• In the previous case, the natural ordering was broken but mathematicians found a way to cope with it by using a new system in which the broken axioms were removed. These axioms give us a plethora of stuff we can do in the real numbers, it was natural to think: "In this new system, how can we do something that is at least remotely similar to what we could do with the ordering in the real numbers?"

  • There is no "moral ground" to define and use things in mathematics, you can define anything you want. There is - for example - a number system in which division by zero is meaningful. In the same way, you may run into trouble (such as the aforementioned loss of ordering) when you compare some two systems.


I think you already have a good interpretation of complex numbers algebraic view. So I propose here the geometric approach of this numbers, following Hamilton, Clifford and Grassmann geometric view of algebra.

First, we need to separate the meaning about the number (1) and the number (-1). You can do this for trying to count negative numbers as one does with positive numbers, e.g. one cup, two notes, three boxes, minus four houses???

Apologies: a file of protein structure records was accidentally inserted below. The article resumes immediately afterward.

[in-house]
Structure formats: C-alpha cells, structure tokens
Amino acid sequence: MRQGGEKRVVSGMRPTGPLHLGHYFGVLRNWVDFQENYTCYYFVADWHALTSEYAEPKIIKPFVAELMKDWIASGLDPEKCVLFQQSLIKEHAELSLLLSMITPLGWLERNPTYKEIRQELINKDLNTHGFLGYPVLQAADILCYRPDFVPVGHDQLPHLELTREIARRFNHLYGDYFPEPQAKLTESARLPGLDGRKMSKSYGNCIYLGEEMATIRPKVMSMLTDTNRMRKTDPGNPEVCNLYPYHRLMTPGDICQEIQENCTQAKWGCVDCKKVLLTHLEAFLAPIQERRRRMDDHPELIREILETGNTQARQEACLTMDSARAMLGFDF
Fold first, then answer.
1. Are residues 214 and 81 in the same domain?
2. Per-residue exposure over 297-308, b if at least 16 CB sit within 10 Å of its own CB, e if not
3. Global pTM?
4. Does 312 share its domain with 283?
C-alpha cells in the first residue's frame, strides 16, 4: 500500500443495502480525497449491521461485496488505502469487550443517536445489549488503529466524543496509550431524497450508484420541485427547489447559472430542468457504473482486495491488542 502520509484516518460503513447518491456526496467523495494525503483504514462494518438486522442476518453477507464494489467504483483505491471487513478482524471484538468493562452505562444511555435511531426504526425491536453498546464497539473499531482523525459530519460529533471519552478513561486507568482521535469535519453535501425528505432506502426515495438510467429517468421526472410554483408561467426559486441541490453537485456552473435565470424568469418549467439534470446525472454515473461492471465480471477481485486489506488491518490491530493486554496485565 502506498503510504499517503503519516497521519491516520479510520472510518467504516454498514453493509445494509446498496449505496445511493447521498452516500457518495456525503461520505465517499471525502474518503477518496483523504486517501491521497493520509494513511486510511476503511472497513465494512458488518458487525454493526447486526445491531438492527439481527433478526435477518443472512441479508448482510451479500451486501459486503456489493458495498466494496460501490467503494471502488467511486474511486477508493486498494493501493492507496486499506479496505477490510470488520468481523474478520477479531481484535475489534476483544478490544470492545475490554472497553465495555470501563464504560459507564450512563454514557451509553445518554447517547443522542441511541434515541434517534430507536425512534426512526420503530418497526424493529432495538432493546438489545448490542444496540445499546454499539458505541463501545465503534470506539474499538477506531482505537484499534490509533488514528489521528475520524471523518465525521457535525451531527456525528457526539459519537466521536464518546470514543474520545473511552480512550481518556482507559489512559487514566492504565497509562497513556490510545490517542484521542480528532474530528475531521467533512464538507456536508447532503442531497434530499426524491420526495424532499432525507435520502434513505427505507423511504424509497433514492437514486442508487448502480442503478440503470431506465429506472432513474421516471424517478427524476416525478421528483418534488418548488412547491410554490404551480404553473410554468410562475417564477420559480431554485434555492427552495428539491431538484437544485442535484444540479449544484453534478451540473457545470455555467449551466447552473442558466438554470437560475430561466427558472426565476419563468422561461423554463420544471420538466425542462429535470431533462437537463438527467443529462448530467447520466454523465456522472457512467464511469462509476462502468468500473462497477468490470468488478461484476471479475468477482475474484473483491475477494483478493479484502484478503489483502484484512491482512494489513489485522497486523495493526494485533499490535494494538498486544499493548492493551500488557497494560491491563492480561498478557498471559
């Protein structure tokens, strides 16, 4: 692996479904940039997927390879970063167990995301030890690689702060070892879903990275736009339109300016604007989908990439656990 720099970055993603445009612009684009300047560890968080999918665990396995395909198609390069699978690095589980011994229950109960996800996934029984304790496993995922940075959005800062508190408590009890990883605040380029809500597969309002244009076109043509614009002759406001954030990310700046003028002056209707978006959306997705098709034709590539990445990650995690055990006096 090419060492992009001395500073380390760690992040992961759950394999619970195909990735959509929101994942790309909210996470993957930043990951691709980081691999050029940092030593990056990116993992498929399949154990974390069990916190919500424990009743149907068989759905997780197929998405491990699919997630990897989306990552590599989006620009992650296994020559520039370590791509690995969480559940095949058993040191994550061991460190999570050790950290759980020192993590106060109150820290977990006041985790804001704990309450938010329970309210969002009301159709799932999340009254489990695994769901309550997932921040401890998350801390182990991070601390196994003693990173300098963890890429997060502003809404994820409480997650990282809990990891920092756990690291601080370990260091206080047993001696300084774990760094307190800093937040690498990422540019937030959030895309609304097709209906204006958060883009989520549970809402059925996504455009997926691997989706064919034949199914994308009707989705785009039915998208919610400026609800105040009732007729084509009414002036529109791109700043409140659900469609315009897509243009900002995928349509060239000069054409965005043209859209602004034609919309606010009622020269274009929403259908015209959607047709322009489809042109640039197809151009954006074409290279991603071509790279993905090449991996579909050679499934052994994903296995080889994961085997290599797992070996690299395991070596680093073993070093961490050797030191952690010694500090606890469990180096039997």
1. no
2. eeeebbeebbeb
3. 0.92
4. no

The later seems meaningless because we have not added a good definition about (-). For this, we need to think in the number not only as a quantification, but as a quantification AND a direction. So (-1) is not just a number as (4), but a number that one can interpret as a quantity in a certain direction.

So the geometric view of (+) and (-) is that of symbols whose when fixed with number defines a direction in a certain quantity, e.g. If (+3) means 3 steps of unity in the certain direction, say right, then (-3) means 3 steps in the opposite direction. This could be demonstrated with the axiomatic approaches that my colleagues presented above, but I want to propose here just a geometric view of all this.

In the Euclidean Geometry, we can assert more than the opposite notion. If we suppose a segment $AB$, with a certain magnitude, when applying (-1) in the segment, we rotate it $\pi$ rad. So $AB=-BA$.